"Well," I said, "I hope you realize you just destroyed your credibility completely."

"Well, that's the reaction I was expecting from you," she said sourly.

"I mean, who the hell uses AOL?"

She produced a very small smile.

“So," I continued, "then all that other stuff ended up never having actually happened? The world getting destroyed and that.”

“Sort of,” she said.

“And yet, you remember it.”

“I said ‘sort of.’ The other half of sort of is sort of not.”

“Okay. Believe it or not, I understand that. Sort of.  So, what happened to your dad then? He get sucked into some sidereal dimensional limbo or something?”

“In a way. He retired and moved to Florida. He drinks a lot.”

“I don’t blame him. I would too. Actually, I do, and my life isn’t nearly as Chinese interesting as that.”

“It’s all relative. Anyhow, I stick strictly to the occult in my practice. Which reminds me. You saw a ghost. Let’s have a look at that, shall we?”

I told her what had happened, what the ghost had said to me, what I had done, and how that turned out. She listened with her eyes closed and said nothing until I was finished.

“Wow,” she said, opening her eyes. “That’s pretty heavy. You’re hanging out with the Black Centipede now? He used to scare the crap out of me. Him and Dad were pretty good friends, I think. The Centipede claimed his grandfather invented the adding machine, so of course Dad was star-struck.

“However, about your ghost… While you were talking, I put myself into a mild trance. I’m not half bad at reading auras, if I do say so myself. Yours has picked up some interesting traces. You have definitely been in contact with something  unusual, and probably otherworldly.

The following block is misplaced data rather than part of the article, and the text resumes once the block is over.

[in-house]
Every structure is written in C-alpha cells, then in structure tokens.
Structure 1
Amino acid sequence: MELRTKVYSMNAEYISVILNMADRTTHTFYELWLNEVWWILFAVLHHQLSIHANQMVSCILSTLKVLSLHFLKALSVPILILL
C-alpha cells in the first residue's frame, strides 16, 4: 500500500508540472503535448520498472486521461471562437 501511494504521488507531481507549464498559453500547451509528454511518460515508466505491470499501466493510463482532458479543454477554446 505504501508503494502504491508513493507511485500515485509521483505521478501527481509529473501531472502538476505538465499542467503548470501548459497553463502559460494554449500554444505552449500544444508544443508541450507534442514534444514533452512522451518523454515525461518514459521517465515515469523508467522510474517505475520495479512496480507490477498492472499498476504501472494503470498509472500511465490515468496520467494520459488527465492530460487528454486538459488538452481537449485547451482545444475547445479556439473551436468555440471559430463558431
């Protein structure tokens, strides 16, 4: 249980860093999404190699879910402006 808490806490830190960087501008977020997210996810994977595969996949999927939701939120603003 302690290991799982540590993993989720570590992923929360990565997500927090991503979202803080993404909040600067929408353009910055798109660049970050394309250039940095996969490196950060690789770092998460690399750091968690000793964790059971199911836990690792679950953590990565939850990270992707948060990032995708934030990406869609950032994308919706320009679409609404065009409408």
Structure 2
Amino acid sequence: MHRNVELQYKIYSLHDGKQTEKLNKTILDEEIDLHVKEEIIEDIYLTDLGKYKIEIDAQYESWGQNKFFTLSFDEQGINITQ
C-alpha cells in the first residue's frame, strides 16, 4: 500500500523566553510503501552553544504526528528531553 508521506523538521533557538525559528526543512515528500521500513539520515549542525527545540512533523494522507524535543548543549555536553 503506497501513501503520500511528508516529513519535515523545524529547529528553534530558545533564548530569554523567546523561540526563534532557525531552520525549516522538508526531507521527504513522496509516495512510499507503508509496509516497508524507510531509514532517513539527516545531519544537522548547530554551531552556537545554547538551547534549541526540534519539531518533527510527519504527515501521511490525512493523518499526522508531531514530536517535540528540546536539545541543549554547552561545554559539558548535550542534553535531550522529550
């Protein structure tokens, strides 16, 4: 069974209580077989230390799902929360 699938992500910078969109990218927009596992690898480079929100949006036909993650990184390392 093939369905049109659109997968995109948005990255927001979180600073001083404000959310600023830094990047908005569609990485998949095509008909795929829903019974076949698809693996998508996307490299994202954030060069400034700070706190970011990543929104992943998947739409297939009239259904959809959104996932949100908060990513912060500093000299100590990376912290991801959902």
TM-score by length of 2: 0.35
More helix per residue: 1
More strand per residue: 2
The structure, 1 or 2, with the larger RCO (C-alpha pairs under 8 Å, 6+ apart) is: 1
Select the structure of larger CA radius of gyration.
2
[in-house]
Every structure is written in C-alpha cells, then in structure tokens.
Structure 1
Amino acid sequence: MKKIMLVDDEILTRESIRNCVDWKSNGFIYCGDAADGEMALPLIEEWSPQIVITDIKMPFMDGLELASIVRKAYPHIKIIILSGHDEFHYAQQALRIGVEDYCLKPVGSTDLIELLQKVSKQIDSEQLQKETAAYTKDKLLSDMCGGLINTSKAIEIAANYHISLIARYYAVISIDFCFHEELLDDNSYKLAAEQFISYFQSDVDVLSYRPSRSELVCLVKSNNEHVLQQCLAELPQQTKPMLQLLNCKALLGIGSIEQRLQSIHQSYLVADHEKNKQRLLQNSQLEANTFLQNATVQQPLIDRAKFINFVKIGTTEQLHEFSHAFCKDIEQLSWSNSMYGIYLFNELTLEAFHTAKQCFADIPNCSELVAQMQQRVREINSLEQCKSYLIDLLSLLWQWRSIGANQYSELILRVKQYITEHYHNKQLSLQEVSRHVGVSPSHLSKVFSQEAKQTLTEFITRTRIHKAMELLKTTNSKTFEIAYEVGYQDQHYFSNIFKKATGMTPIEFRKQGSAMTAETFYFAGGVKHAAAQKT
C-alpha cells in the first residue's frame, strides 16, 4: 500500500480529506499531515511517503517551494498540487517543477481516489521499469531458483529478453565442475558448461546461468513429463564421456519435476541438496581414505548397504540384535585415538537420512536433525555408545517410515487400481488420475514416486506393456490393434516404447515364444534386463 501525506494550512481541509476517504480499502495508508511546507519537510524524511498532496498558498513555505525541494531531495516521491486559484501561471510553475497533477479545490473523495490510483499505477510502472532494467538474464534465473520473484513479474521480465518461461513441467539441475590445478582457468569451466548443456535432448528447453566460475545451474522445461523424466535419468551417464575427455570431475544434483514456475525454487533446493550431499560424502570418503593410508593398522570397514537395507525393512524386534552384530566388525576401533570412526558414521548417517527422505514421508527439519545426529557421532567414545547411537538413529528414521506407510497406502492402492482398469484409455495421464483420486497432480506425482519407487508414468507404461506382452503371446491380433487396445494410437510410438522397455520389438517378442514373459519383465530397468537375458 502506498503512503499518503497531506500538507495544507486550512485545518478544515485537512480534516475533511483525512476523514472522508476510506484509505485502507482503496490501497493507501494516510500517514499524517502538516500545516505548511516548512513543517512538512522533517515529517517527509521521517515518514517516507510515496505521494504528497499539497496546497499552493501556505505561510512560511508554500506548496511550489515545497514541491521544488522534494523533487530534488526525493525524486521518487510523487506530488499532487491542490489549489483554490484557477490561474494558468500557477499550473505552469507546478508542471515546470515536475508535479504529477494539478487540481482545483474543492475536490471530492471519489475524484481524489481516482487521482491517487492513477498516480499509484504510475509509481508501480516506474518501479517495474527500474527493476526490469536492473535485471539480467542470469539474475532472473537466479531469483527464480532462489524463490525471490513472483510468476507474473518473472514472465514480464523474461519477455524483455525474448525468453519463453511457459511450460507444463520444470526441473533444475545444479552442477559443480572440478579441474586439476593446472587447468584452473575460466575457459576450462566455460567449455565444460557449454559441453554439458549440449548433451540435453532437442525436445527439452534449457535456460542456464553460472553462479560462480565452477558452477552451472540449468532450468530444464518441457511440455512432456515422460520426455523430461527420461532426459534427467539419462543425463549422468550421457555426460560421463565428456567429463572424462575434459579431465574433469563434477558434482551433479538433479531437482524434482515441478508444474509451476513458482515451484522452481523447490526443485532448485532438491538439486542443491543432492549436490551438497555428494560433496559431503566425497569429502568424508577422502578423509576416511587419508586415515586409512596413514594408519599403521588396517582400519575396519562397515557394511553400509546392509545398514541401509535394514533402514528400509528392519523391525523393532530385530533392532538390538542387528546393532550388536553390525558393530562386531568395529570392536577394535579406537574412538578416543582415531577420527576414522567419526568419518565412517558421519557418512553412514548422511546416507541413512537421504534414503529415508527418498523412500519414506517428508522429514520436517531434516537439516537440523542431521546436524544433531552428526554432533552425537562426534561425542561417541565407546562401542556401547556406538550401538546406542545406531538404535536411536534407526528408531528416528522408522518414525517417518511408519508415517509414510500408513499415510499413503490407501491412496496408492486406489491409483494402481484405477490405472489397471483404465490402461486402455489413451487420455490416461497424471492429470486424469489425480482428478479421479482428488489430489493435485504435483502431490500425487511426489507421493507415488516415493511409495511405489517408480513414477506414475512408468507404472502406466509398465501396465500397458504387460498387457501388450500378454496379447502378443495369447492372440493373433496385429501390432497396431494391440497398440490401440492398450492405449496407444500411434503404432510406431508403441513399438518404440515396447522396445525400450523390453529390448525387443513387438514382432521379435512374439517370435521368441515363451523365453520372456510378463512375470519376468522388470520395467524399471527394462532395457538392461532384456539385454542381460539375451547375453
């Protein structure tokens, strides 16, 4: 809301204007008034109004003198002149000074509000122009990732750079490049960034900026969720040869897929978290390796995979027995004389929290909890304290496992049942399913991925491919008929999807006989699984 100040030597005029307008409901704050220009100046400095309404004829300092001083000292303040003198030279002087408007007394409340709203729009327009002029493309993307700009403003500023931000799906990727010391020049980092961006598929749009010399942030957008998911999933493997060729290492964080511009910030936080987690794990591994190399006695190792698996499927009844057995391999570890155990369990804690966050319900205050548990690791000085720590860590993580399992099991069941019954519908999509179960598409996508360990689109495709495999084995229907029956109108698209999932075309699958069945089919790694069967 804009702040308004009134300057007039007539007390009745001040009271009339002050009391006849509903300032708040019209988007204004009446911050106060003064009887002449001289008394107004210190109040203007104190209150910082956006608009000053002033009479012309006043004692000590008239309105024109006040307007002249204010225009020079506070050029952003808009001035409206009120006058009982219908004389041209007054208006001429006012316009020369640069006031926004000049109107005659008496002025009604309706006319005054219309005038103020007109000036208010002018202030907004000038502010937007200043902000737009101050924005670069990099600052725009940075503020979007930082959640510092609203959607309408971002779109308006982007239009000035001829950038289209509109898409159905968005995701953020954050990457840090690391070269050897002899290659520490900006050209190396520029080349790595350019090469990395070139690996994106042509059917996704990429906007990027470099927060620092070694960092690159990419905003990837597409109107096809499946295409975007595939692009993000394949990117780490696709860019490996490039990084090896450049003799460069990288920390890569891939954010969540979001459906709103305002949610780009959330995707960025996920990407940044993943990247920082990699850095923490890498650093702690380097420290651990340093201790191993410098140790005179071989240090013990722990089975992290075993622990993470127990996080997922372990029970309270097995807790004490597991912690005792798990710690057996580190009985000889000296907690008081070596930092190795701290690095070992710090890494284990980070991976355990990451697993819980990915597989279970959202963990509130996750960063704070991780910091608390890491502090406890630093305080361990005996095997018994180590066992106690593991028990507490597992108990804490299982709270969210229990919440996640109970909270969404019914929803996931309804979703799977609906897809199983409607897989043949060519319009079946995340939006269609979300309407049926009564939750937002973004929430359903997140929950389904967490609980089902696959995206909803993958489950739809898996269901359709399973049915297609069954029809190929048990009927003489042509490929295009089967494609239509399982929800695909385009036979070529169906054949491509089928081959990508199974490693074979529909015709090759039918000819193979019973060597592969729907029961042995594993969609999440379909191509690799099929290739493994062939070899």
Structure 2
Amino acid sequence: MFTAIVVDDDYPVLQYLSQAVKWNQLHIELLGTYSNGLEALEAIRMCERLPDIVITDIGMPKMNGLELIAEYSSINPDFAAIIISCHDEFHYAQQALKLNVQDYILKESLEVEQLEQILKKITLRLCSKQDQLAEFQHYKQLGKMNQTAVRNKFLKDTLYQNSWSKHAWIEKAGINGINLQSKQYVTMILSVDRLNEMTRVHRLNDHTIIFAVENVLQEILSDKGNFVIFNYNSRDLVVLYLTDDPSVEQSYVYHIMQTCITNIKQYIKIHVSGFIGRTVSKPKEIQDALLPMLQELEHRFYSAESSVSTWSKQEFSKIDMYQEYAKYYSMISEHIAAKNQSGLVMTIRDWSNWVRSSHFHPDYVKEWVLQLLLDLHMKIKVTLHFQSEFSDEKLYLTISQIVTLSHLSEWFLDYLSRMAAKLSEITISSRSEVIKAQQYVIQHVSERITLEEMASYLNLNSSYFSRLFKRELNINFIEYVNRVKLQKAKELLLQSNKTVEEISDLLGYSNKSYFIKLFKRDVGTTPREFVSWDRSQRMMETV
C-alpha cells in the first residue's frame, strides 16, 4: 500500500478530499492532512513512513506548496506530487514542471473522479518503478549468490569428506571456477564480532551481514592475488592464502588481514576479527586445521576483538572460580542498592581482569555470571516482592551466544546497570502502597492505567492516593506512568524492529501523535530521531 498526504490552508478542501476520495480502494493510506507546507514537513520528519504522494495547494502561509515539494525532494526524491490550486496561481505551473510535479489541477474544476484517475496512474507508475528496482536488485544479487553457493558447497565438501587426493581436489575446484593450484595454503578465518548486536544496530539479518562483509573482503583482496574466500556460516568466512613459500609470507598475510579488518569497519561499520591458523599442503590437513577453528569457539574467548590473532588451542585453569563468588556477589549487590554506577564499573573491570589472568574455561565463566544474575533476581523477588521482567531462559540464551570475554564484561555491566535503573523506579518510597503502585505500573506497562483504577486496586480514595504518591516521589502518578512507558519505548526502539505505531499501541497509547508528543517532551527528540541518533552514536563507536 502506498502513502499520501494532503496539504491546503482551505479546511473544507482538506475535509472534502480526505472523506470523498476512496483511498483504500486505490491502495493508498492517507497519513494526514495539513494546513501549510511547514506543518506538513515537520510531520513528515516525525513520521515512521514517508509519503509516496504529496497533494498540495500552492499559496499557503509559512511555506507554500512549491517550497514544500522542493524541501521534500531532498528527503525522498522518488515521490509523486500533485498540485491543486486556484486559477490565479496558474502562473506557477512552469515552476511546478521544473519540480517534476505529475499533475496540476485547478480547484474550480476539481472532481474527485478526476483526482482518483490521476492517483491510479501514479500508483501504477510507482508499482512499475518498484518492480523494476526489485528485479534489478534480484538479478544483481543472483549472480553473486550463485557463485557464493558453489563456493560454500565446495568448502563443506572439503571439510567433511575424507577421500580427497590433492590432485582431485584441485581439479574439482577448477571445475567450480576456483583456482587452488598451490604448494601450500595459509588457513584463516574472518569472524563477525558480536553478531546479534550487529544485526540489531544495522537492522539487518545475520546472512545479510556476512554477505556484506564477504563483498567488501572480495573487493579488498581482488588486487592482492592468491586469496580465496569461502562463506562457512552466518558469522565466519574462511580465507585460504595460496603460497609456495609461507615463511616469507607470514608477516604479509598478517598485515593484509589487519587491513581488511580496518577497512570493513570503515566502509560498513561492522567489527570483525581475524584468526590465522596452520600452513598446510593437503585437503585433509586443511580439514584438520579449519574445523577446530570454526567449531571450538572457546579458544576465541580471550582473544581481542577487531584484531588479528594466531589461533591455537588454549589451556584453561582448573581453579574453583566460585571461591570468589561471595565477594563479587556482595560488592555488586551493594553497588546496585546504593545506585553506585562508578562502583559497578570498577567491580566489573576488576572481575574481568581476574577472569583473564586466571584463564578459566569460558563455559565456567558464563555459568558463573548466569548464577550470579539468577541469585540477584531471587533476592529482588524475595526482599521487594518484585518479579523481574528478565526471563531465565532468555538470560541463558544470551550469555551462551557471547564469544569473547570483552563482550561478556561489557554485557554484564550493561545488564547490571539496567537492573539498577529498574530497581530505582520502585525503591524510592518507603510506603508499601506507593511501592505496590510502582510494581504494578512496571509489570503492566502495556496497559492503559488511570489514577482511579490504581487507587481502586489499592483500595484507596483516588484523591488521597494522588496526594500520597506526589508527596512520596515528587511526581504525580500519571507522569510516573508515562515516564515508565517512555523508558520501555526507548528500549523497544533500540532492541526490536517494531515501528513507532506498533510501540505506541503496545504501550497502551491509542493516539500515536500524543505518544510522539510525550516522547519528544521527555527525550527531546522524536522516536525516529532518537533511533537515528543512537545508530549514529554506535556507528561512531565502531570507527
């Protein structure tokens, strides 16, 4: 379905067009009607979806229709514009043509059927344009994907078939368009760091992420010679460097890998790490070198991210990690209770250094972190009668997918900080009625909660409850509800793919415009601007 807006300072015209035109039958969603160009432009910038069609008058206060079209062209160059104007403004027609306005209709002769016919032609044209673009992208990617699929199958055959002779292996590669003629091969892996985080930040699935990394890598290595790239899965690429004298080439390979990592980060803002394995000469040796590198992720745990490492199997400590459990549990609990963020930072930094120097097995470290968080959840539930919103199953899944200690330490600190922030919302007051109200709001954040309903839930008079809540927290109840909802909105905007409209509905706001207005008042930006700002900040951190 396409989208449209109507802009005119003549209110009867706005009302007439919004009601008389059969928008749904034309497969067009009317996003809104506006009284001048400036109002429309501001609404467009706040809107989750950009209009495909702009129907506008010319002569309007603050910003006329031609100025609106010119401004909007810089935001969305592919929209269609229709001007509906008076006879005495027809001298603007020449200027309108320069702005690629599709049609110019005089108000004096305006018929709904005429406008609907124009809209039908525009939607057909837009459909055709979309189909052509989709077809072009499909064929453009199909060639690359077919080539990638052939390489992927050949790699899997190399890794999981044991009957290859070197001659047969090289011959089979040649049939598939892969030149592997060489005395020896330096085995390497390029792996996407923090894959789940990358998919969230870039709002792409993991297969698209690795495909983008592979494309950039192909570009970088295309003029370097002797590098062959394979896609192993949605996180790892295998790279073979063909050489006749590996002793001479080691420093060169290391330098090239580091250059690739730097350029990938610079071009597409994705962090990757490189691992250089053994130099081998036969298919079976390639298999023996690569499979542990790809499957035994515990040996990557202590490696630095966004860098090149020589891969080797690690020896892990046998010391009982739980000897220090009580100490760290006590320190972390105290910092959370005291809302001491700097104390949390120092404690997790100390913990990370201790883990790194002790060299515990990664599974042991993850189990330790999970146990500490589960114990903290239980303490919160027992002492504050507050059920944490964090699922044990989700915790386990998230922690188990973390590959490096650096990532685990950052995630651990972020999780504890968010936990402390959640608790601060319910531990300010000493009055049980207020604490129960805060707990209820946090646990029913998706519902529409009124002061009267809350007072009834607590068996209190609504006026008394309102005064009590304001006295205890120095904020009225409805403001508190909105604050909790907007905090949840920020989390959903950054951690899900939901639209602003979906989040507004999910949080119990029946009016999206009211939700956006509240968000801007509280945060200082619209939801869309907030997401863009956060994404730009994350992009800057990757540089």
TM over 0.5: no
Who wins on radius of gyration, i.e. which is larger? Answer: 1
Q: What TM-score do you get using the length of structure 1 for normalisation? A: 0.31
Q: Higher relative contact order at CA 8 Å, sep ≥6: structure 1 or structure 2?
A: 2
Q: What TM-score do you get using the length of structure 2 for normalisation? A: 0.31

“It is a spirit or a presence of some kind. It knows you and wants to talk to you. That’s kind of odd, since you say it already did, but I could be picking up some old signals there. I get a blurry picture of what appears to be a man in a cape, so that fits. But it feels like this whatever-it-is has been around you a lot recently. A brief contact like the one you describe would not leave such a deep impression.”

That was unsettling. “Do you think he’s following me?”

She shrugged. “Could be, I guess, but since it seems to have accomplished its purpose during your first encounter, I can’t understand why. You did in fact accomplish the mission it gave you. You found the Black Centipede. You say he’s innocent, and I will accept that, provisionally. And if that’s the case, this ‘ghost’ was either mistaken or lying. It still wants something.  There’s a… I dunno… A word or something. A name, maybe.”

She closed her eyes again. I glanced around the room, thinking I might see something, which I did not. “Is it here now?” I asked.

She shook her head. “It is not. But it is such a powerful presence, it has left profound traces on you. Nothing harmful, I don’t think. I’m not reading any curse or possession vibes. Very strange. I feel a sense of frustration, a… Hmmm… Seems like a question of identity. Something is lost.  I think this entity wants to reclaim something. A position or a title… A rank! I am getting a strong impression of a rank.”

“Is it Captain Mercury? Captain is a rank.”

“If I knew that, I certainly would have told you, wouldn’t I? I can’t tell. As I say, the sense of personal identity is shaky.”